“Before I went out and killed myself my dad wanted to see me rappel out of a tree.” Having setup the rope in his device the wrong way, “I fully burned my hands on rappel. He didn’t notice and I was released to do as I pleased.”

Dangerously underprepared and motivated, he set out to the rocks and started stealing gear out of the rock at the local crags called Barton Creek Green Belt. He wasn’t motivated to take the gear by greed, but rather by curiosity.

“I started stealing pitons – I saw shiny things in the rock and thought they were left behind.” It wasn’t long before “climbing legend,” James Crump noticed him, owner of Yahoo Climbing Guides — Texas’ oldest guide service – picked him up and drove him home to his parents. His dad, employed as a CPA (Certified Public Accountant), decided that Hank needed proper climbing lessons and paid Crump a “large check,” recalls Hank. It was for three weekends worth of climbing lessons. After the lessons, Hank moved on from merely rappelling, which now seemed trivial and not exciting compared to real rock climbing.

climbingHank took climbing seriously, practiced daily and developed the upper body and crimp strength of a modern climber. His physical strength combined with his restless and bold attitude helped him quickly ascend up the climbing grades.

On Hank’s sixteenth birthday, he jumped out of a plane with an army parachute, twice. “Back then you could sign your minors rights away so sixteen year olds parachuting was legal,” he says, but it wasn’t until many years later that he would jump again.

Motivated by the heavy hitting Colorado climbing scene, at seventeen he moved to Boulder and worked on a 7-Eleven on Baseline and 29th during the graveyard shift. In 1984 he swapped leads on The Naked Edge (5.11c) completing an onsight, no falls ascent. Though cams were barely on the market, he and his partner could not afford them and they completed the route using the comparatively primitive hexes and nuts for protection.

His success on the rocks aside, it didn’t take him long to realize he was going nowhere and that climbing rocks was not going to pay the bills. At age eighteen, he joined the Army and the 82nd Airborne just like his dad, trying to figure out life.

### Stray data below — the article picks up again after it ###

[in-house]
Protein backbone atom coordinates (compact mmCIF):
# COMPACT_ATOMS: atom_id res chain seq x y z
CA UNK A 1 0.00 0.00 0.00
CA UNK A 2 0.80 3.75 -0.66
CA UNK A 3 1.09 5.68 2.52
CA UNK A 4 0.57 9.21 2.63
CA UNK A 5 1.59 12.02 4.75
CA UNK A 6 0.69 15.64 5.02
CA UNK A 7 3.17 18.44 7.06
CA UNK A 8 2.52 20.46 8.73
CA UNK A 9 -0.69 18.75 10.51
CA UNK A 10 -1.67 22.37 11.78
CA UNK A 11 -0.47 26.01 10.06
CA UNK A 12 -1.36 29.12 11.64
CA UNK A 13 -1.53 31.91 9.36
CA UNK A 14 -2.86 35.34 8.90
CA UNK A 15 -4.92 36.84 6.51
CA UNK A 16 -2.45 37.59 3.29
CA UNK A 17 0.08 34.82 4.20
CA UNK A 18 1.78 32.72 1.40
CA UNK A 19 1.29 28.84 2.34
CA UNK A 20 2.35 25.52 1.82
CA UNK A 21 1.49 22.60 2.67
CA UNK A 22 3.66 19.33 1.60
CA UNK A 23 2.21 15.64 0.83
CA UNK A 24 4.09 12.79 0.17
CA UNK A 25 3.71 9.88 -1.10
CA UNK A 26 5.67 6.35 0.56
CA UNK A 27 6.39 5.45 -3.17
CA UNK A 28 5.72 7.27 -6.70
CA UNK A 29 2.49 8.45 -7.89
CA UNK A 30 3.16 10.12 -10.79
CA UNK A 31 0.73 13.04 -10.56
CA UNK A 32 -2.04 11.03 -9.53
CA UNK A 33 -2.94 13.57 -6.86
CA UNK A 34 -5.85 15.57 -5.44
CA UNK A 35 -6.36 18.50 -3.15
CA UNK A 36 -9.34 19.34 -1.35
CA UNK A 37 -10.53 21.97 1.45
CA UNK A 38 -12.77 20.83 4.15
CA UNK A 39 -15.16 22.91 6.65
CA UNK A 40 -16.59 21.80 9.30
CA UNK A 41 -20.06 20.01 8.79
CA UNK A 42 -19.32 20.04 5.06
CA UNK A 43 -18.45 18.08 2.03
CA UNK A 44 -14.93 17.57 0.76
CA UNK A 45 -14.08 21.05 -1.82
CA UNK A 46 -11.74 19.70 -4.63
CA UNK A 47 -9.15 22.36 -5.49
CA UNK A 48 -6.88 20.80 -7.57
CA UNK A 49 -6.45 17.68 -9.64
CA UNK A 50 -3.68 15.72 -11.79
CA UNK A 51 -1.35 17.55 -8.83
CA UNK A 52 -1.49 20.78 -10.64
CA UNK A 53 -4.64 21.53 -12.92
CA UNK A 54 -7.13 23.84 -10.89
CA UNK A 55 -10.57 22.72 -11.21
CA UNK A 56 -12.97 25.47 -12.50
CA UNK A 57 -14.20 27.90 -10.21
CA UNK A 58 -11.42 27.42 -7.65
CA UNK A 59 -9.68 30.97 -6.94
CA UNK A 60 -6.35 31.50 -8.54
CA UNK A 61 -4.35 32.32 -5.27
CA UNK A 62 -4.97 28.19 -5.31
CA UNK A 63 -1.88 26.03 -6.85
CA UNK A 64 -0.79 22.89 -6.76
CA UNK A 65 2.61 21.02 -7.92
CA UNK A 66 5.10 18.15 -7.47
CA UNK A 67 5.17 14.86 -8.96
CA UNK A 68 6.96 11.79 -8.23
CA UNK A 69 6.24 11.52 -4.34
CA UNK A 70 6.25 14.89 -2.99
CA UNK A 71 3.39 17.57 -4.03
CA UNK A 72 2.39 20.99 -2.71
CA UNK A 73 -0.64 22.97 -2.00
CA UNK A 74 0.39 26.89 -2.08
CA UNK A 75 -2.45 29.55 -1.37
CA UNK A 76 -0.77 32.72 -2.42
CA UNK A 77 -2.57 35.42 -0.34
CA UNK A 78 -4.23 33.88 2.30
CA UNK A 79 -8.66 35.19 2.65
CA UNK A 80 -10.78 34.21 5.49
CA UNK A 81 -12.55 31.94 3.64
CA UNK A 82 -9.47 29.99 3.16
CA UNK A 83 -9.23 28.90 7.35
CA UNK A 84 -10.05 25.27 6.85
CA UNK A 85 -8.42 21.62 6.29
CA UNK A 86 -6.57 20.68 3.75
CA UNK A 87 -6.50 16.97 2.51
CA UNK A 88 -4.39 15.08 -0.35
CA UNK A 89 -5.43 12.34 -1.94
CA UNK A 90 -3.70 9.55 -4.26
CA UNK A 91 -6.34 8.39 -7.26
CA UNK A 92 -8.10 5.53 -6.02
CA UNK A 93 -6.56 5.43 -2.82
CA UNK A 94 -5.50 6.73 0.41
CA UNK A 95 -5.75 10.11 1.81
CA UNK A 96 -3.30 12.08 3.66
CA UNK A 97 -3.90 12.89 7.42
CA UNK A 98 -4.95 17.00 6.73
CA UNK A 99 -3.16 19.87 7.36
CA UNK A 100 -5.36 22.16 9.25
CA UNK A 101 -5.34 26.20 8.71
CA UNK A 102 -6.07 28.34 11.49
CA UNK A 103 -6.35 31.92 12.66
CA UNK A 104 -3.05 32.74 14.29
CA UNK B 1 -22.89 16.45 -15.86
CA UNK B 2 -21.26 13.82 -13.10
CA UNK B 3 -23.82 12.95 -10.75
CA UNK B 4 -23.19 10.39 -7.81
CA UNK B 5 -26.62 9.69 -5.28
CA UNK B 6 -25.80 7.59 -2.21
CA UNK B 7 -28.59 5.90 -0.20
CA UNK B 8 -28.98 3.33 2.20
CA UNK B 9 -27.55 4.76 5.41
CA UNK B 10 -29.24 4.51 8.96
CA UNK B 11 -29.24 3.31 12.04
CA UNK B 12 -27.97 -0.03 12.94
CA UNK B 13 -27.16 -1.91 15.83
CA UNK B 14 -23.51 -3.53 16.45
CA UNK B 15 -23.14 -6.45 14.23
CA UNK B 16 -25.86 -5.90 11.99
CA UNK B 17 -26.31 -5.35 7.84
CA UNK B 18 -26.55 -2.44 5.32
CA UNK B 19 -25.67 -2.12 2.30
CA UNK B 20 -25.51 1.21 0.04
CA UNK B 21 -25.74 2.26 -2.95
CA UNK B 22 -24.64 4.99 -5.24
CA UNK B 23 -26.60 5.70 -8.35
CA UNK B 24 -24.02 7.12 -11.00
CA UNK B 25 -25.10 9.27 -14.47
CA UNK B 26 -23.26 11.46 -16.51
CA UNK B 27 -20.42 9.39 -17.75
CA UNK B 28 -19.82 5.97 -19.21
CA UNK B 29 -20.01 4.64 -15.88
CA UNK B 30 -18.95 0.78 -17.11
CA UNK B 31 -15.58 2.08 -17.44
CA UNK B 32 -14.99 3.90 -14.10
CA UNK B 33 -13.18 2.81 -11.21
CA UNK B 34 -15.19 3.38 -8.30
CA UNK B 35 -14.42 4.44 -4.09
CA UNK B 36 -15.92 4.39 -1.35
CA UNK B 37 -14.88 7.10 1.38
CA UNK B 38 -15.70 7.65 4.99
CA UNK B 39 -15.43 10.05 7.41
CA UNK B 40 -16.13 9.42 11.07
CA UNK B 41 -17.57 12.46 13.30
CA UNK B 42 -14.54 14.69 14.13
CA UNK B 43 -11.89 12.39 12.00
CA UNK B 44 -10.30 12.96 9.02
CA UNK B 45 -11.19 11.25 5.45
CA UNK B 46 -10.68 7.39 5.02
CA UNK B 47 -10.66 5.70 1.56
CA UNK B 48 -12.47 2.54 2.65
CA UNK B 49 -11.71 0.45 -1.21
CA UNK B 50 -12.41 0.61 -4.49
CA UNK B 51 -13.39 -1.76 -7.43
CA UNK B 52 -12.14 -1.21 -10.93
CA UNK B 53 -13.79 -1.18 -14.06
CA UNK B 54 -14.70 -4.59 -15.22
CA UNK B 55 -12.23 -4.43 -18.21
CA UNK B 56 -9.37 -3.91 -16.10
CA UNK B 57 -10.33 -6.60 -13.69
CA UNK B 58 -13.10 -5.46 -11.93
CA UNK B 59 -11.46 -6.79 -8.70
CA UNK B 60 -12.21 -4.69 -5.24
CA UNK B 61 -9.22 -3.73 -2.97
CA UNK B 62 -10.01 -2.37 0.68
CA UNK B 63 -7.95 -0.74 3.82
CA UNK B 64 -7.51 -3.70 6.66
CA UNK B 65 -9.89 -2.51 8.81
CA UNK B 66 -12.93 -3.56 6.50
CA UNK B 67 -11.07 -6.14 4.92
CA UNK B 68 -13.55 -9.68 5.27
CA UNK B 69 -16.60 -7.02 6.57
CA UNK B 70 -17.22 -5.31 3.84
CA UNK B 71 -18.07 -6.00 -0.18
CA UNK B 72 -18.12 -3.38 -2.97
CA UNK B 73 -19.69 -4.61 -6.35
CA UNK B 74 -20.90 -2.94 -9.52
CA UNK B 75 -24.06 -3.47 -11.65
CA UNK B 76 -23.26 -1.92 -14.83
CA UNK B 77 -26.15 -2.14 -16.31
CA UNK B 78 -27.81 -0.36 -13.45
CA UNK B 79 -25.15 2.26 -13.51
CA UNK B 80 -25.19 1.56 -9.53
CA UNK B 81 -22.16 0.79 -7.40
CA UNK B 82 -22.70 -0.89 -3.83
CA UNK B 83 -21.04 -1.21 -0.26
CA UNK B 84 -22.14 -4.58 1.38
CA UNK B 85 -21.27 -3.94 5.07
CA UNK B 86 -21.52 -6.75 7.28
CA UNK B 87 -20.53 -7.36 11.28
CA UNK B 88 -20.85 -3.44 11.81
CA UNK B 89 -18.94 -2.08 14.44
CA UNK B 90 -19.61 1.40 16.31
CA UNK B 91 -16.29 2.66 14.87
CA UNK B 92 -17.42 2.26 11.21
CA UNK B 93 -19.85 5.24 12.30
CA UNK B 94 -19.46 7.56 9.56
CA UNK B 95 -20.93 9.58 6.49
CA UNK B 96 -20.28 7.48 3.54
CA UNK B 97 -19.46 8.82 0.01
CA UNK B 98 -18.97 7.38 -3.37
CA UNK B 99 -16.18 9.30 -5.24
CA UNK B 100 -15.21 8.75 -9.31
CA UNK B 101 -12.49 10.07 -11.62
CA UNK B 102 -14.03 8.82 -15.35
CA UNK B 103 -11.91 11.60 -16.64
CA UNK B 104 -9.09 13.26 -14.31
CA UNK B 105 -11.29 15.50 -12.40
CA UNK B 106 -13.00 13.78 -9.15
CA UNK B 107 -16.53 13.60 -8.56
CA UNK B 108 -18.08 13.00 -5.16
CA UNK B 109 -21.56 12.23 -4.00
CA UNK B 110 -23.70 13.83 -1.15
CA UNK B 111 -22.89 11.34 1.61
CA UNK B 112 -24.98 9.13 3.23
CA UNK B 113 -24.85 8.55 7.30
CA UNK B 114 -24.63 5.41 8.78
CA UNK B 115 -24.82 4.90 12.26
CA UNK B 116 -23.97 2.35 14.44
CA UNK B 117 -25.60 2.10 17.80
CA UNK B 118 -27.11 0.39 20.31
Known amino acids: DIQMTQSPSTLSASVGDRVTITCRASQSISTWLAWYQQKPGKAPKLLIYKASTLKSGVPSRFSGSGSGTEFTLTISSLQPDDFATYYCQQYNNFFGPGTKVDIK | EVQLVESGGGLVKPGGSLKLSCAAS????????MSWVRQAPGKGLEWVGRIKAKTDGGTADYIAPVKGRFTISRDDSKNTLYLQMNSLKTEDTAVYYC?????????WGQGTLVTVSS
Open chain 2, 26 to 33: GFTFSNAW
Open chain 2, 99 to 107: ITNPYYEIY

He stuck with climbing, though, and by his early twenties had developed a reputation as a hard, bold climber. “I’m great at the fear routes. And great at getting pro where you wouldn’t think you could. I use my sport-climbing strength. It doesn’t bother me to fall 40 feet on a bolt,” he says.

Hank started BASE jumping in 1996. His crash through the 21st floor of the Embassy Suites building in Denver October 1, 2000, was his seventy-second jump. Today he’s completed 800 BASE jumps and “thousands of skydives.”

“Someone who has base jumped since ‘96 is kind of an anomaly,” he adds regarding the risk of the sport. “I jumped hard until 2004 at jump 500.” He burned out after seeing many of his friends die and get injured. “I was drinking a lot and got sort of fed up with the sport. I sold all my gear.”

Though he’s taken breaks from BASE jumping, he never stopped climbing. “Climbing’s the best for a long term high,” he says. “There is nothing better. However, the sheer immediate thrill of BASE jumping blows climbing away. Each BASE jump is a thrill that has to be replaced more quickly after you do it.” He makes the motion like he’s shooting up like a junky getting his fix. “But climbing is a more — a good climb satisfies you for your life.”

“I have the fear and safety aspects of BASE jumping compartmentalized mentally, each time. I’m gonna make a jump with my wife and we’re gonna walk away. Happy is the plan, so plan like your life depends on it, because it does… every time!” he says.